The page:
November 29, 2019
Fiona Cheung, Head of Credit - Asia
On 25 November 2019, Tewoo Group, a commodity trading company owned by the Tianjin municipal government, revealed a debt restructuring plan for US$1.25 billion of bonds1. The programme offers bondholders a choice: suffer losses of up to 64% or accept delayed repayments. The announcement marks the first de facto default for a Chinese state-owned enterprise (SOEs) in the offshore US dollar bond market since 19982. In this investment note, Fiona Cheung, Head of Credit, Asia, explains the significance of Tewoo’s de facto default and examines the broader implications for investors in Asian credits.
In our view, Tewoo’s defacto default resulted from the interaction of three factors: (1) the company’s weak standalone credit profile with high leverage, (2) the lack of strategic importance of Tewoo’s commodity-trading business; and (3) the Tianjin municipal government’s relatively high level of debt when compared with other tier-one Chinese cities.
The weak standalone credit profile of Tewoo means that the company must rely on bailouts from its state backers to survive. However, the Tianjin municipal government has limited incentive/capacity to provide support given the lack of strategic importance of Tewoo’s business and its own high debt level.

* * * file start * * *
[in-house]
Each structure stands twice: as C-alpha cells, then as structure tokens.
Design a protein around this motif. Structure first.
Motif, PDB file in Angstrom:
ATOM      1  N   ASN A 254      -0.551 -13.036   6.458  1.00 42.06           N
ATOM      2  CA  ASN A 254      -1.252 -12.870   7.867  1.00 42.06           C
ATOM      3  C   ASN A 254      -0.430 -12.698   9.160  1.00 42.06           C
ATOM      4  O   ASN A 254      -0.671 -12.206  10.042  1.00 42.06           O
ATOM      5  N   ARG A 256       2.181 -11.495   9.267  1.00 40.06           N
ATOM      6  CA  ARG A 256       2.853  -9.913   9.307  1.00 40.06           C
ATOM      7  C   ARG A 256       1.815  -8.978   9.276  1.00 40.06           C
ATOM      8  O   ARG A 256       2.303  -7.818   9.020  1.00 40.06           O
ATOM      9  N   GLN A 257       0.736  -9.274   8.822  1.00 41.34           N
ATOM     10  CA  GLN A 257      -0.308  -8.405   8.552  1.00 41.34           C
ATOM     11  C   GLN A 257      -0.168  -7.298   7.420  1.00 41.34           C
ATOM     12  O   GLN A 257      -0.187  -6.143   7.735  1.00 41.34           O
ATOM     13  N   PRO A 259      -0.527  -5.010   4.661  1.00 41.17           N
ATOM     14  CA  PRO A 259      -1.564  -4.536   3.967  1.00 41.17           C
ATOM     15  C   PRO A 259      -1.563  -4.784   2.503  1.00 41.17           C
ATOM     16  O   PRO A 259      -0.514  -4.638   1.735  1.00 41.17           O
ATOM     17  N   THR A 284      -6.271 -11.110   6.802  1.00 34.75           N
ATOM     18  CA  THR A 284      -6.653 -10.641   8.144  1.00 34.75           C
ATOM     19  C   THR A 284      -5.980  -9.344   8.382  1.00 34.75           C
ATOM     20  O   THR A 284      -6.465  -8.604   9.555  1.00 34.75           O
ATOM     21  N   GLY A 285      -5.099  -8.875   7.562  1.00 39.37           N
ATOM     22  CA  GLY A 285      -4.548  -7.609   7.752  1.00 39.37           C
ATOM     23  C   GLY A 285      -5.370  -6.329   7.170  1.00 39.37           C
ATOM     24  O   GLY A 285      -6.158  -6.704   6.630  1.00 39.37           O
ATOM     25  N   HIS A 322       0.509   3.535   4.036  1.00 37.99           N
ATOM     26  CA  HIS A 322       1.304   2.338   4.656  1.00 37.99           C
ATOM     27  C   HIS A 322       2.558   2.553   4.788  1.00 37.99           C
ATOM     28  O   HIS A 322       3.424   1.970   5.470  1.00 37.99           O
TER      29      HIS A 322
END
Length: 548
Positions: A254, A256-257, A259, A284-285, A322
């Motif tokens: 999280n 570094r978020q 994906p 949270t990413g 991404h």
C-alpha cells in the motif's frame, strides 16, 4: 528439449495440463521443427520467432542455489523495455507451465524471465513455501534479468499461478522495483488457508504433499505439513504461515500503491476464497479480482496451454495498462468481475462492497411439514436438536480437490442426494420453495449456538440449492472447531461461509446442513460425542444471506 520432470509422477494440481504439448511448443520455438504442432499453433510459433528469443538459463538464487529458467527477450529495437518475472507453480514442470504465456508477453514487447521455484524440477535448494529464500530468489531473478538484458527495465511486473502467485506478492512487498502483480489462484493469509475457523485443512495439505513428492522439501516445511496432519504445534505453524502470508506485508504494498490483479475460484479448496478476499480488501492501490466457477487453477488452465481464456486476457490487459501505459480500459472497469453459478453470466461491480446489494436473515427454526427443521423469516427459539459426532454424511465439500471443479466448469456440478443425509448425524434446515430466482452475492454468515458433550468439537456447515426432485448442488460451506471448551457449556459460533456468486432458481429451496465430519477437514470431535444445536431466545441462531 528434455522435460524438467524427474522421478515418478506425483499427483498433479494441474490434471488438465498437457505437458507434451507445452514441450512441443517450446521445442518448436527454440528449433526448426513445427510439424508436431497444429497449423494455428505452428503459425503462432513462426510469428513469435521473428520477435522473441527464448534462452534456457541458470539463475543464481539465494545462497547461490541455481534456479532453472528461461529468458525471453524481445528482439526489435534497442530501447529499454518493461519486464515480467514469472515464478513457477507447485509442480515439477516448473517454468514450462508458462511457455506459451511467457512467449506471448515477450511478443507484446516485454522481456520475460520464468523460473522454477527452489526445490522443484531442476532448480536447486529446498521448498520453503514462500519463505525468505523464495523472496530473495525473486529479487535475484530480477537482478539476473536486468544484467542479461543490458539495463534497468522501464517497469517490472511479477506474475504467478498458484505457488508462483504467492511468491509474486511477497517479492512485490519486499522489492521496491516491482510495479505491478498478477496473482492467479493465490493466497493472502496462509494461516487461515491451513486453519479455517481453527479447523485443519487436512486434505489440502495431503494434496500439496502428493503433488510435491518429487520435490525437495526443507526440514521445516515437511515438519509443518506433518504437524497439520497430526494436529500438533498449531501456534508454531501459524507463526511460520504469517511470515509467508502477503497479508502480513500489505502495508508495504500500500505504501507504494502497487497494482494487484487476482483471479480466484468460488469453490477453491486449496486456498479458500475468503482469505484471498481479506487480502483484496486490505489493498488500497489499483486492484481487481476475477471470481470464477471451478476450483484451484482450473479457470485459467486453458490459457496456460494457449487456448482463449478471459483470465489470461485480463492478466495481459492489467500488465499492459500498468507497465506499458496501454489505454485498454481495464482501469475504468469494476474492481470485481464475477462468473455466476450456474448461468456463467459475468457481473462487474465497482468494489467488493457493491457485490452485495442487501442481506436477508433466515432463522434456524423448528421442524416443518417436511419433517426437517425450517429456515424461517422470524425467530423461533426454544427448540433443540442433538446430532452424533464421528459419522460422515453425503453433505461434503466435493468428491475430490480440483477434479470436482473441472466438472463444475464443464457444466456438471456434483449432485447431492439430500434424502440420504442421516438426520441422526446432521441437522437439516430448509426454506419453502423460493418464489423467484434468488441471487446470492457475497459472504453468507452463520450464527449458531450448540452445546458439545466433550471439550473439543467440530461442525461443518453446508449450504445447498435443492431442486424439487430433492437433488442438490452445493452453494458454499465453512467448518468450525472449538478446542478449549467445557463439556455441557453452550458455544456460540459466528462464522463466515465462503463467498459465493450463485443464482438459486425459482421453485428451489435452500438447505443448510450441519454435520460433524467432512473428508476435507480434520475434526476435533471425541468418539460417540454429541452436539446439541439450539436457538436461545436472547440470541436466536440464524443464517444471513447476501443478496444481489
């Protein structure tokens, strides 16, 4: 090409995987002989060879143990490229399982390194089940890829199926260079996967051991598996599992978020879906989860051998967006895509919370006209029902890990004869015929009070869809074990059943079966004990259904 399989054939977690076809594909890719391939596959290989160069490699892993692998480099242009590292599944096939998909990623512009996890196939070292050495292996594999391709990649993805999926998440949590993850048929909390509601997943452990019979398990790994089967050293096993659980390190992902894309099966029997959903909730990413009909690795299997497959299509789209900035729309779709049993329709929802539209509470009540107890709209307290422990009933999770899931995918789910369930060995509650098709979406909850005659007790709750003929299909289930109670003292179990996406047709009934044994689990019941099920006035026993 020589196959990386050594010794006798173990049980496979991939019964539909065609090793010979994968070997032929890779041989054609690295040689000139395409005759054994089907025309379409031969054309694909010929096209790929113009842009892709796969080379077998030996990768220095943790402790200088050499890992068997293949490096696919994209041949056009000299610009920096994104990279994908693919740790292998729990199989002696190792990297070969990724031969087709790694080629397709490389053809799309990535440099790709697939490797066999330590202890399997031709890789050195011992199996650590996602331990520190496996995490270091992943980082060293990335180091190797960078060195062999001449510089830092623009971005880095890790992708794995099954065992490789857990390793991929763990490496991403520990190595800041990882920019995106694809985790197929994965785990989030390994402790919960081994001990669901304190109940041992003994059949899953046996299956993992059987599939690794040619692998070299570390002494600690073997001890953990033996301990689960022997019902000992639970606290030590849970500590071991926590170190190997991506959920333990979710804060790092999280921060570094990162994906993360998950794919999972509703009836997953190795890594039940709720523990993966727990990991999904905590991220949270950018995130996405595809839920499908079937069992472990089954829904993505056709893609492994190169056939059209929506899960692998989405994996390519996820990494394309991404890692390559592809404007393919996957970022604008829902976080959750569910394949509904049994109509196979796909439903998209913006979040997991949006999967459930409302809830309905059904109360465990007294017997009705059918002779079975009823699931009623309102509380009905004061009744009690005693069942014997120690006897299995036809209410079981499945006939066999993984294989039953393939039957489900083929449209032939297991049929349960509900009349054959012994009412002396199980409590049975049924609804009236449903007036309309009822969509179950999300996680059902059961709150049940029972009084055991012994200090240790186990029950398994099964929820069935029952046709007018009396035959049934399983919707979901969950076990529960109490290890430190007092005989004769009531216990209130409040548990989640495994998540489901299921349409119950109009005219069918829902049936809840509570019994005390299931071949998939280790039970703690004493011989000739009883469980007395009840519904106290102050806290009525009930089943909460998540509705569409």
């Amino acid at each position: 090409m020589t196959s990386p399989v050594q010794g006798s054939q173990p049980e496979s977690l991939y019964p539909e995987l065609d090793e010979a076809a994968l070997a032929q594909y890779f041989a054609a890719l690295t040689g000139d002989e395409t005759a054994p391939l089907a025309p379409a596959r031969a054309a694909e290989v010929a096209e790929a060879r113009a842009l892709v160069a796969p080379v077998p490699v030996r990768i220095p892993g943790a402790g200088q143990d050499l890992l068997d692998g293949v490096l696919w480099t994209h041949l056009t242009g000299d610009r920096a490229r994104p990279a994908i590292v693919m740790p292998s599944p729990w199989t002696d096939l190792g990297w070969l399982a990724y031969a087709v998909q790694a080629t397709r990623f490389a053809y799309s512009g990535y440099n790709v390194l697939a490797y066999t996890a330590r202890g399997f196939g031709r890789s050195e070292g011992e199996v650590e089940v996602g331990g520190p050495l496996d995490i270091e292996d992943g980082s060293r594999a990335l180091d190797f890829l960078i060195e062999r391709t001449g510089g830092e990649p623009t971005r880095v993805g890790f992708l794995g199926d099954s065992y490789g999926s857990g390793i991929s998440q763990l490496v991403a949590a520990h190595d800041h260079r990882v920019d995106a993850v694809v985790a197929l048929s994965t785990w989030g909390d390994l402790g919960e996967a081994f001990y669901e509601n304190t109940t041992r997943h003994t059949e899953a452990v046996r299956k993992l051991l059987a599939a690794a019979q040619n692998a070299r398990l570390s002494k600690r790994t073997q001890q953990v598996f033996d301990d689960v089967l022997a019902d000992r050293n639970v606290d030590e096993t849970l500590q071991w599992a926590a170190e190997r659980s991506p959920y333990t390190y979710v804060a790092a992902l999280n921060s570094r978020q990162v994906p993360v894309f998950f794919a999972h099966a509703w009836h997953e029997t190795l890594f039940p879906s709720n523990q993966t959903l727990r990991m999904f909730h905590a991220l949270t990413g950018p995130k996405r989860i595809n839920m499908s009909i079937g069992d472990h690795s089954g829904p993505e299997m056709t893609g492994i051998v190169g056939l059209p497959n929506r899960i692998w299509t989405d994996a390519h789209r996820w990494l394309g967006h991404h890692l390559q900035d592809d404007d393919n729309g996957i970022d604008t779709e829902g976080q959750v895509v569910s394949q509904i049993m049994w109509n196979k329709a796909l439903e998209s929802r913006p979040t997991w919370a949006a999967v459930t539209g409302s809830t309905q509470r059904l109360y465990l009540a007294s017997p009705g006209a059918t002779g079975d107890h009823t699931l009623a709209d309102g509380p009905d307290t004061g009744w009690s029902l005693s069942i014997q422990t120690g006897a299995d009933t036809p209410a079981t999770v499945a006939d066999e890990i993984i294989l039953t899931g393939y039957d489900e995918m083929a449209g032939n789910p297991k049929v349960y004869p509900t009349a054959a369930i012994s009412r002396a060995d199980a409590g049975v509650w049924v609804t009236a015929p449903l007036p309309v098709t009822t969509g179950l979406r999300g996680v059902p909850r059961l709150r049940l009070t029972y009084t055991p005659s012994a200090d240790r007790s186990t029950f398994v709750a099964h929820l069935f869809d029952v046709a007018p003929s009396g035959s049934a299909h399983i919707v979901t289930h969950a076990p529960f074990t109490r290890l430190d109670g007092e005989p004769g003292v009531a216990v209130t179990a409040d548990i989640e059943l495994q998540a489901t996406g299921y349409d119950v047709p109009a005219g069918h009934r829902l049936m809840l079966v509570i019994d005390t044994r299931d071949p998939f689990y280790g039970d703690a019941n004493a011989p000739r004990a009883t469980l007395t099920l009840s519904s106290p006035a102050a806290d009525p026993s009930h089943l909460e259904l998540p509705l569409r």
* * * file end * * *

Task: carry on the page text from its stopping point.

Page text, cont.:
Looking at the broader implications, the potential for defaults in China’s credit markets remains a hot topic among investors. The onshore default rate for Chinese SOE bonds has remained below 0.3% for the past few years despite high leverage3.The depressed rate was mainly due to implicit support claims from the government. Our long-term view is that such levels are not sustainable. Therefore, both central and local government authorities will be more selective when providing bailouts for financially-troubled SOEs in the future, especially during rough patches of economic growth. As such, our robust credit research process does not take claims of government ownership and implicit support for granted.
Moving forward, we believe that government support will be increasingly selective given the sheer number of SOEs – a decision driven by the associated moral hazard and the authorities’ increasing proclivity to allow troubled or unviable companies to fail and let investors take losses.
When evaluating claims of implicit government support, we assess two principal issues: is the SOE’s business strategically important to the economy, and will the default have a systemic impact or lead to potential contagion. We also look at several other aspects relating to the company’s overall financial health, as well as the willingness and ability of the central/provincial/local government to offer assistance. Broadly speaking, we prefer SOEs that provide essential or critical services in contrast to those operating in highly competitive industries, a commoditised business line or dealing with financial investments.
1 Bloomberg, 25 November 2019.
2 Bloomberg, 26 November 2019.
3 Goldman Sachs, as of 18 October 2019.
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